Monday, September 24, 2018

good books part 6

the memoir edition....

I read most of these memoirs months and months ago. I don't recall that anyone recommended them to me with gusto, I just stumbled upon them and one memoir led to another. I am passionate to recommend them now. These women are candid, confident, bold, hilarious and more. I felt like I was getting to know some underground celebrities, some really cool yet controversial women. There is one male author in the mix. His story Alligator Candy is the most devastating of the memoirs I've read. 


Unwifeable
Mandy Stadtmiller
My story is not unique. Single girl comes to New York; New York eats her alive. But what does stand out is my discovery that you can essentially live a life that appears to be a textbook manual for everything one can do wrong to find love—and still find Mr. Right.

 Mandy's story is told with unflinching candor and brilliant hilarity as she recounts failed romances and blackout nights. There is a deep level of rawness and pain. Just when you think Mandy's out of the woods - she spirals. She totally keeps you on edge - is she going to make it? Will she ever be wifeable?


The Rules Do Not Apply
Ariel Levy
Wow, Ariel. This book is complicated, wrenching, engrossing. There's grief, infidelity, alcoholism, ambivalence and estrangement. Years later, she finds herself at a friend’s birthday party, where a stranger asks her: “Are you the Ariel who all the bad things happened to?”


You'll Grow Out Of It
Jessi Klein
Jessi Klein is hilarious. I don't remember laughing out loud at any book as much as I did with this one. I think the fact that I had no expectations and no idea who she was/is going into this might have helped with my level of enjoyment. A lot of reviews wreak of disappointment and call her out for various reasons, lets just say her readers expected more. I didn't judge the writing on a structured level. I simply enjoyed for what it was; candid, real and FUNNY!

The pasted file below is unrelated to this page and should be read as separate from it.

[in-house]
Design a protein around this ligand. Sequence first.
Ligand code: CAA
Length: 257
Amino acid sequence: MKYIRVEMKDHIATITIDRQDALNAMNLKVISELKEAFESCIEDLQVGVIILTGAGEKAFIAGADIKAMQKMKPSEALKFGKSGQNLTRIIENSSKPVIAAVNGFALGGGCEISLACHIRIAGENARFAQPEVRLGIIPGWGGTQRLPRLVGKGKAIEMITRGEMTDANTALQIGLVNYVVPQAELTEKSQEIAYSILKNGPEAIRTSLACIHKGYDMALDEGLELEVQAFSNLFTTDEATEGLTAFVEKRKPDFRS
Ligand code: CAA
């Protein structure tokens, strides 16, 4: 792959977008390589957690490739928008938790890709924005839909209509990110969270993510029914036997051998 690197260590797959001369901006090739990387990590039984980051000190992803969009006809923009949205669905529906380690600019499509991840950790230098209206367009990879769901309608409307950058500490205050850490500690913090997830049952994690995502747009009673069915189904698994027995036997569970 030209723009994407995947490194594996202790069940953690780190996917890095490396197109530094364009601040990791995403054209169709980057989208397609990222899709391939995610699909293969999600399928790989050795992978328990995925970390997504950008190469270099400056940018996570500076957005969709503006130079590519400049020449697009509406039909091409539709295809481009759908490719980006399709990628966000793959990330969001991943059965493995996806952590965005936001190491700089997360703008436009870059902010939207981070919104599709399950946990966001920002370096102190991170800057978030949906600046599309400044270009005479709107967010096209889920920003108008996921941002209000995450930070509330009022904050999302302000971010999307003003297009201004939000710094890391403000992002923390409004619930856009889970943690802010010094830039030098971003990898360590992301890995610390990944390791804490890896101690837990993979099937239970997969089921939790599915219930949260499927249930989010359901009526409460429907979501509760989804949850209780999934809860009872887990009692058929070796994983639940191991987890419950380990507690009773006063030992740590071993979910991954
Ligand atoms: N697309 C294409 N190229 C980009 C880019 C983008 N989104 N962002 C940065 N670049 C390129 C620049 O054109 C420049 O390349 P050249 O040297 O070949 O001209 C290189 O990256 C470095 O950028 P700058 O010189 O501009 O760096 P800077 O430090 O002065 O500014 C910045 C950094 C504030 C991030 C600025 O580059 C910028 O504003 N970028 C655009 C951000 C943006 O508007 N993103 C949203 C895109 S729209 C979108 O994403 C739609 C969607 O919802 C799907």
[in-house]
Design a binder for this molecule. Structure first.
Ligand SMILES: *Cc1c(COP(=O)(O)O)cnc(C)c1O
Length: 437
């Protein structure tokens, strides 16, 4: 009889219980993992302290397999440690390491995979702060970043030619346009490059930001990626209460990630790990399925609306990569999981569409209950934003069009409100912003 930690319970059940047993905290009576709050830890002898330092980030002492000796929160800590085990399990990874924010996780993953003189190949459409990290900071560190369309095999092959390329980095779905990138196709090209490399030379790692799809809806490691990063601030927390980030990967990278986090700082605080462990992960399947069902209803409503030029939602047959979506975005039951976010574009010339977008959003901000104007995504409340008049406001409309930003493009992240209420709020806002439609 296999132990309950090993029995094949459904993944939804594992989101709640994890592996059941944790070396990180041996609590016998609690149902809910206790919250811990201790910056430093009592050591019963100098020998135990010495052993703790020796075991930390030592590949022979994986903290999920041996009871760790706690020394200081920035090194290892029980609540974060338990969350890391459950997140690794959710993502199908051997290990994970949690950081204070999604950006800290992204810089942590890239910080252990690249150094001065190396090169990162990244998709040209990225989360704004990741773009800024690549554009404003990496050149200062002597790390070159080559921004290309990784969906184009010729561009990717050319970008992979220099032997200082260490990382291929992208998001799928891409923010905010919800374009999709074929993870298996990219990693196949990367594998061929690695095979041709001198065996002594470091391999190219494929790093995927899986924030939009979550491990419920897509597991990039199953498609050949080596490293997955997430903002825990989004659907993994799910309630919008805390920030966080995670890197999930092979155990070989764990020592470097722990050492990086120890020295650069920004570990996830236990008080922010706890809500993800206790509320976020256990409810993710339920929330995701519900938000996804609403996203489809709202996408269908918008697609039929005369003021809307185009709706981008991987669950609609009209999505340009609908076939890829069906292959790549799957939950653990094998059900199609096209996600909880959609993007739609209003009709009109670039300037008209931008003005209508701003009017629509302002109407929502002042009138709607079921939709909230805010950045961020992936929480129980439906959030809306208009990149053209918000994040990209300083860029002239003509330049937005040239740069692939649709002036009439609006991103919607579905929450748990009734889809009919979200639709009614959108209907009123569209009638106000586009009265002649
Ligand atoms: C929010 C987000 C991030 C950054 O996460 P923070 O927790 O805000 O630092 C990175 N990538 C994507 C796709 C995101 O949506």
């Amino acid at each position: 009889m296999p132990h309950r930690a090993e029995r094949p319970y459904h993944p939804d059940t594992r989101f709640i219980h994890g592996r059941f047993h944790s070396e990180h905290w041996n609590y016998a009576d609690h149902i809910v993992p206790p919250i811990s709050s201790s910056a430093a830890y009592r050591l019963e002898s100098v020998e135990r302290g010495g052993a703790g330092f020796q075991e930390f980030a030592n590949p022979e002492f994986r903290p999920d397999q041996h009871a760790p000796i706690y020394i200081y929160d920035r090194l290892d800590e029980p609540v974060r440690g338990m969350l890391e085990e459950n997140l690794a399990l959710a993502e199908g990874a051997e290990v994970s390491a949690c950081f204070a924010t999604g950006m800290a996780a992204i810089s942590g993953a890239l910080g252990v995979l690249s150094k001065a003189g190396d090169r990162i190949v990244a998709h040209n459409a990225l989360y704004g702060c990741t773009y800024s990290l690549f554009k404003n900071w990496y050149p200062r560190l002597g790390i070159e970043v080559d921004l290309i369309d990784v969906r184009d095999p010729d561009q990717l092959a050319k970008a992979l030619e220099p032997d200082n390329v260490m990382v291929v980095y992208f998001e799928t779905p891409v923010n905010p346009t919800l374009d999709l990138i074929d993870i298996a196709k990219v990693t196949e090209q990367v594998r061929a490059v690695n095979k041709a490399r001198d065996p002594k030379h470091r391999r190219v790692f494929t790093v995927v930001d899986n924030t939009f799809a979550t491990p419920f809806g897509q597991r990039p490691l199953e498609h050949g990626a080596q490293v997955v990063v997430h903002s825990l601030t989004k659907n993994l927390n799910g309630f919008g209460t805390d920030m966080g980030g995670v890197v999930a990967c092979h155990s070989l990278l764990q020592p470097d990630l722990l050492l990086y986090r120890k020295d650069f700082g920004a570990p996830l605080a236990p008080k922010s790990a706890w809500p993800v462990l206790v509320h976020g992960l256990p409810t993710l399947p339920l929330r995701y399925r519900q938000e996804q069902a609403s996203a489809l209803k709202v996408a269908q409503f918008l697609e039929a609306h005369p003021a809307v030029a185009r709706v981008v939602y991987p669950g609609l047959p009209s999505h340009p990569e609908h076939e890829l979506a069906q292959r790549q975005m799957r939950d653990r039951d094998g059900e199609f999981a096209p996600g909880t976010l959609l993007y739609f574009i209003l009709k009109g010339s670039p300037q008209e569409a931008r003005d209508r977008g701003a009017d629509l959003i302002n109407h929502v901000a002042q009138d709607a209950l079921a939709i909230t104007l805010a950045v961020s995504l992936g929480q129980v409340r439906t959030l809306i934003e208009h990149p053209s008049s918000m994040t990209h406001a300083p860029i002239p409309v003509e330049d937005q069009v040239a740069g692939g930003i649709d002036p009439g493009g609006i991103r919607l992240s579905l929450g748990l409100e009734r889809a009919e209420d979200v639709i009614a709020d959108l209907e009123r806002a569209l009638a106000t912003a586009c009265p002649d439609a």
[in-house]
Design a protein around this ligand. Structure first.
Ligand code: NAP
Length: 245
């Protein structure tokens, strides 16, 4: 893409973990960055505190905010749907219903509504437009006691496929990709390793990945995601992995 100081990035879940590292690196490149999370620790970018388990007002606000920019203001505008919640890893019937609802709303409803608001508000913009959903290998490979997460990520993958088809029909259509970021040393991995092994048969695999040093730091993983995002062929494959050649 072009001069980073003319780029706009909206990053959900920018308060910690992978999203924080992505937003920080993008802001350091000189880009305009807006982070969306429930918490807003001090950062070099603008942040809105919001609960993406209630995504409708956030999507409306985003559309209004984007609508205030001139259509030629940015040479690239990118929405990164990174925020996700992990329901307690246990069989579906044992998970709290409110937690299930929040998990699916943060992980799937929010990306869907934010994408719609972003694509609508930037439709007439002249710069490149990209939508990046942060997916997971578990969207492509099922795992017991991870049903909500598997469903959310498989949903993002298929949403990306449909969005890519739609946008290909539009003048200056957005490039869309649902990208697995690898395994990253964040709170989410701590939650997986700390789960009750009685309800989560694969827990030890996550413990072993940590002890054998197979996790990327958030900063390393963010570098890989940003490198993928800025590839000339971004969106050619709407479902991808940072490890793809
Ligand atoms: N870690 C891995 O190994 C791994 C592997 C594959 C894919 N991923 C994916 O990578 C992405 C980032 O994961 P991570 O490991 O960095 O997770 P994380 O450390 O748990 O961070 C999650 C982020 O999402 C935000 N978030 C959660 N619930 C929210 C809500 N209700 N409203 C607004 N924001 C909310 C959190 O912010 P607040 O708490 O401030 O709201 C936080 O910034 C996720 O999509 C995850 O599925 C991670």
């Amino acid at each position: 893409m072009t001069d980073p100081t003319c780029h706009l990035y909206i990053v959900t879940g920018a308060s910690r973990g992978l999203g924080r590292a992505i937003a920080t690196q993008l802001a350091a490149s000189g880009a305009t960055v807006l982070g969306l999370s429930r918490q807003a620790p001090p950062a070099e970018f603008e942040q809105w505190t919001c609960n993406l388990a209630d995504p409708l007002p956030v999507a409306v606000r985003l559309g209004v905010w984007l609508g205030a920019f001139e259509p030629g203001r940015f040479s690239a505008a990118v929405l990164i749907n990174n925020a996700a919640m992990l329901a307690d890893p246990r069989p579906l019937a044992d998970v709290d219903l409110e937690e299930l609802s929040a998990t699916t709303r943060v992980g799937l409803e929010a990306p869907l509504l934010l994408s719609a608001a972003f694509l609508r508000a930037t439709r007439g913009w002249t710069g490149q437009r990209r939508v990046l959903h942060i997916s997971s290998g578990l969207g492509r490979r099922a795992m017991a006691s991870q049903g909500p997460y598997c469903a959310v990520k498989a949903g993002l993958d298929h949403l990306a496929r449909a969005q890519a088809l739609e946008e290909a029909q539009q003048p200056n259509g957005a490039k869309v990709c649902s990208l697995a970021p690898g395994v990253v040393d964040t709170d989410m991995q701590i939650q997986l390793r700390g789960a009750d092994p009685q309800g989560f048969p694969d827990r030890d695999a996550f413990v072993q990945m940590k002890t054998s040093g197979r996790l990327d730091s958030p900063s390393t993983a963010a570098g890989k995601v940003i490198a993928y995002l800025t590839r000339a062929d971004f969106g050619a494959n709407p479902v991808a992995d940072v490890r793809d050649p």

Alligator Candy
David Kushner
David Kushner grew up in the suburbs of Florida in the early 1970s, running wild with his friends, exploring, riding bikes, and disappearing into the nearby woods for hours at a time. (Does this sound familiar to anyone else? Even though I came of age in the 90's in Cape Cod, New Hampshire and Vermont, my childhood was certainly one of adventuring wild and free in the woods.) One morning in 1973, everything changed when David’s older brother Jon took a short bike trip to the local convenience store and never returned. 

How does one family survive the worst thing? It's a dedication to a brother tragically deprived of his right to live and a reflection on how to live in a world riven by pain, suffering, and evil. It was agonizing and disturbing, but so worthwhile to read.

Look Alive Out There
Sloane Crosley
As I started this collection of essays I'm scratching my head- why does this authors name sound so familiar? I don't think I read her first set of essays I was Told There'd  Be Cake (but then why am I reading this book if she's so forgettable?!) It finally hit me I read her novel The Clasp years ago - it never made it into any of my good book reviews. The Clasp was actually a great book, maybe it fell somewhere in the middle of the road for me, at the time?

Anyways, this woman is not forgettable. Sloane Crosley is one of a kind. With a trademark hilarity and wit, you will laugh out loud at her stories and observations. I found myself thinking - wait - this really happened to you? or hold up - you really thought this was a good idea?  I read a funny quote about her that resonated: "shes someone who shoots for the stars and hits the ceiling." Some essay subjects become more serious, and there's a deeper insight to be gained from her sharp, perceptive words.


When reading memoirs, I like to alternate. I couldn't have read Ariel, Mandy and Jessi all in a row. Is anyone else like this? I'll read a memoir, a thriller, a novel and so on as to not tire of one genre or style of writing. Let me know your thoughts or if you have read any of these!

Monday, September 17, 2018

good books part 5

It has been over a year since I shared the books I've read! I chalk it up to wedding planning and buying a house - that year when the blog fell off my radar. I have easily read 30+ books since last August. Plus now that I'm pregnant and I've got a lot more down time, I'm flying through them! 

{I think this is the first time I've mentioned a house purchase and my pregnancy on the blog. Just two life altering moments I've casually decided to drop ;) Hopefully more on both those here soon, but in the meantime, Instagram has you covered!}


Domina
Ultima
L.S.Hilton